Ricardo’s efforts delighted one of his readers, the essayist Thomas De Quincey, who until then had been thoroughly fed up with what he considered the ineptitude of most economists of the day. (He claimed that any person of sound mind could easily “bray their fungus-heads to powder with a lady’s fan.”) But on being given a work by Ricardo and perusing the first chapter, De Quincey was filled with wonder. Ricardo had finally uncovered proper economic laws, De Quincey believed. They were “a ray of light into the unwieldy chaos of materials” that lesser economists could only flounder in as they tried but failed to make sense of the messy reality.

Small economic worlds

Ricardo’s clever use of simplification and assumption allowed him to focus on the essentials of the problem at hand—to build a model of the economy. Ricardo made his models mainly verbally, Quesnay diagrammatically; neither used the abstract mathematics employed in today’s economics. A contemporary historian of the economic method, Mary Morgan, argues that the modern discipline emerged as economists began imagining “small worlds”: distillations of economic reality as models, mathematical or otherwise, which over the 19th and 20th centuries became the basis of the subject. Just as a botanist examines the characteristics of butterflies, so economists investigate how one model behaves and how it compares with others, sometimes with little reference to the larger world the small world is supposed to represent. In this way, economists “inquire into” their models. They also use their models to “inquire with”: to see what a model actually implies about the larger world outside. Armed with his Tableau, Quesnay argued that high taxes on France’s peasantry were stifling the economy because they reduced the size of the precious net product.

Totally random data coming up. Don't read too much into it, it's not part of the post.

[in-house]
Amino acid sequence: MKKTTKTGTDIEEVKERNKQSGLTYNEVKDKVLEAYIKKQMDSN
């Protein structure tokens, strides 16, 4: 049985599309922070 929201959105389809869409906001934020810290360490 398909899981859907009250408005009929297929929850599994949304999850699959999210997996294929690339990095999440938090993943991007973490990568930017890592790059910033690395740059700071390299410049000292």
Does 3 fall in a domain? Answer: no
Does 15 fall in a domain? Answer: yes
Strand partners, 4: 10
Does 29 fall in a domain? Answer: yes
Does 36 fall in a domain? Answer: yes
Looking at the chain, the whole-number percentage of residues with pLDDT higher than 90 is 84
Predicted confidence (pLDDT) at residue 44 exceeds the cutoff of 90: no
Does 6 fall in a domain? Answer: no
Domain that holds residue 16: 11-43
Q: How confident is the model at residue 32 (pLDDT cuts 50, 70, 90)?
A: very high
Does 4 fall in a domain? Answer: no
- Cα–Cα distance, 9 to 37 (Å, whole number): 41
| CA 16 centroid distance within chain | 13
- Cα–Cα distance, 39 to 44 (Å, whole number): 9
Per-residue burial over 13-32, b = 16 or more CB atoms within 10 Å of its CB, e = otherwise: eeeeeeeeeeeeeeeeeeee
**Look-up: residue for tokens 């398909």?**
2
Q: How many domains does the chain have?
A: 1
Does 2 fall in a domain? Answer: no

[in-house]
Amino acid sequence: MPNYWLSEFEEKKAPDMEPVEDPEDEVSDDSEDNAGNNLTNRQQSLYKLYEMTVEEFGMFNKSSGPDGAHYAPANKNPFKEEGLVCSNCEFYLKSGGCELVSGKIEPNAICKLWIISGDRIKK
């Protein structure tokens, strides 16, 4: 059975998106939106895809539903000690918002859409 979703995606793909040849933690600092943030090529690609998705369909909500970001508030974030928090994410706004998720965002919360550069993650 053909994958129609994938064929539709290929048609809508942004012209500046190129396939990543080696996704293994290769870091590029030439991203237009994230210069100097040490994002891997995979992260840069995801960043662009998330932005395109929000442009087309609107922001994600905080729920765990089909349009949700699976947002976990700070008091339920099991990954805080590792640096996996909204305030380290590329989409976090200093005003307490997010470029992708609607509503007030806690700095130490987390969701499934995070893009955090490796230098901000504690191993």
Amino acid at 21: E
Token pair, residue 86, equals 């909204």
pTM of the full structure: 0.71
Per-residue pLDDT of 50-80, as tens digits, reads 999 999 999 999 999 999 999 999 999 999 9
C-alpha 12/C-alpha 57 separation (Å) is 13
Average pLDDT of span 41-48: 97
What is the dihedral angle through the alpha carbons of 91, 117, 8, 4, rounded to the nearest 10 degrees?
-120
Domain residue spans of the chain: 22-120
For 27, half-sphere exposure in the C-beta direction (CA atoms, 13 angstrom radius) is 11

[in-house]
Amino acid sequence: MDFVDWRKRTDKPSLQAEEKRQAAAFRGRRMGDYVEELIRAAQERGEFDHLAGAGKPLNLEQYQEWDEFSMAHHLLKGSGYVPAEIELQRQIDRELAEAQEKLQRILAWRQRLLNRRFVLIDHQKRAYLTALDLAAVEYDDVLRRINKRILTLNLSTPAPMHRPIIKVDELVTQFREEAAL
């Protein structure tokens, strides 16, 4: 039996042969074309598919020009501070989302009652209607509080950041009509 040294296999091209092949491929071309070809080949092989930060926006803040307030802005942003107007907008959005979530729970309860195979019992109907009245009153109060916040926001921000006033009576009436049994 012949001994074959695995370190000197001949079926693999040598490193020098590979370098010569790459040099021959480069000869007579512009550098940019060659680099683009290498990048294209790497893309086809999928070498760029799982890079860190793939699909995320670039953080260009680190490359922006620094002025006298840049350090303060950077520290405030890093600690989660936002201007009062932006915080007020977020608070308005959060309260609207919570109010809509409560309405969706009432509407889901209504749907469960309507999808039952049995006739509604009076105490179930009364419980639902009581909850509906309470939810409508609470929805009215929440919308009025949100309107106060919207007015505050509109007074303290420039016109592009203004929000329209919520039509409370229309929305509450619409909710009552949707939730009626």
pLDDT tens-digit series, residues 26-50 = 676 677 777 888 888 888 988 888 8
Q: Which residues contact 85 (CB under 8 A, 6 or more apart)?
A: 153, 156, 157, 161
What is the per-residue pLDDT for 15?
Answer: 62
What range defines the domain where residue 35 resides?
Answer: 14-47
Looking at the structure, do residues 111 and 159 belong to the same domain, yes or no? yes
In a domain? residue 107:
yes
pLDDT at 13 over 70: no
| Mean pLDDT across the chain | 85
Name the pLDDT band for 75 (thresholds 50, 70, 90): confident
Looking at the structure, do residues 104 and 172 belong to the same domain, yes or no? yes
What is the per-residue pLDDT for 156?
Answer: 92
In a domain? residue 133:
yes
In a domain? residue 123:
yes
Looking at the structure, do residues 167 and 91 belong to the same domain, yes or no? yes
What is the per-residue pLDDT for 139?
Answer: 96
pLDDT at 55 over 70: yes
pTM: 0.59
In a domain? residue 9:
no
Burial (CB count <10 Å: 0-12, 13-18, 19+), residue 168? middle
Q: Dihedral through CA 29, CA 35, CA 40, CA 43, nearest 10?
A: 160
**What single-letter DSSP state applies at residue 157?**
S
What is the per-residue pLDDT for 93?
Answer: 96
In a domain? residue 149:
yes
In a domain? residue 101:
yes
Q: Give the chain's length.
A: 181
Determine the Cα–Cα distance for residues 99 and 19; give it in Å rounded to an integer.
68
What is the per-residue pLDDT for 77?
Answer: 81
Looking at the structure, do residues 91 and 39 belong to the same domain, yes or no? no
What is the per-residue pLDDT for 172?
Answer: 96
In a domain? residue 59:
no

One of the most well-known small worlds in economics is the ingenious Edgeworth box every economics student learns about: a simple rectangle containing points that represent a pair of goods (apples and bananas, say) allocated to two people who comprise the economy. On top are overlaid “indifference curves,” which represent each person’s preferences for the two goods. Starting from some initial distribution of apples and bananas to the two people, the diagram shows how an exchange of goods can take place to reach a “socially optimal” outcome (when neither person can gain from a further trade without the other losing out).

From any starting point in the box it’s possible to trade toward an efficient position. Possible starting points include each person having a similar amount of goods or one person having almost everything and the other nothing. In this way efficiency and distribution are separated out: some outcomes might be efficient but highly unequal. The diagram shows elegantly a foundational result of economics—the first welfare theorem, which establishes the efficiency of competitive markets—and its geometry can easily be translated into the language of mathematics and into the sophisticated general equilibrium theory that some take to be the modern incarnation of Smith’s economics.

Mathematical method

The Edgeworth box, named after Francis Edgeworth, a mathematician and economic theorist in the late 19th century, formed part of the so-called marginalist revolution in economics, which introduced the use of calculus to represent “marginal” changes in variables, such as marginal utility, the change in a person’s utility as a result of a small change in the consumption of a good. From then on, the small worlds of economics would increasingly be made up of equations. During the 20th century, diverse areas of economics were taken over by the mathematical method, including the macroeconomics that developed from Keynes’ work, the growth theory pioneered by Robert Solow, and the modern industrial economics based on game theory, as well as the econometrics that connected theoretical models with the data.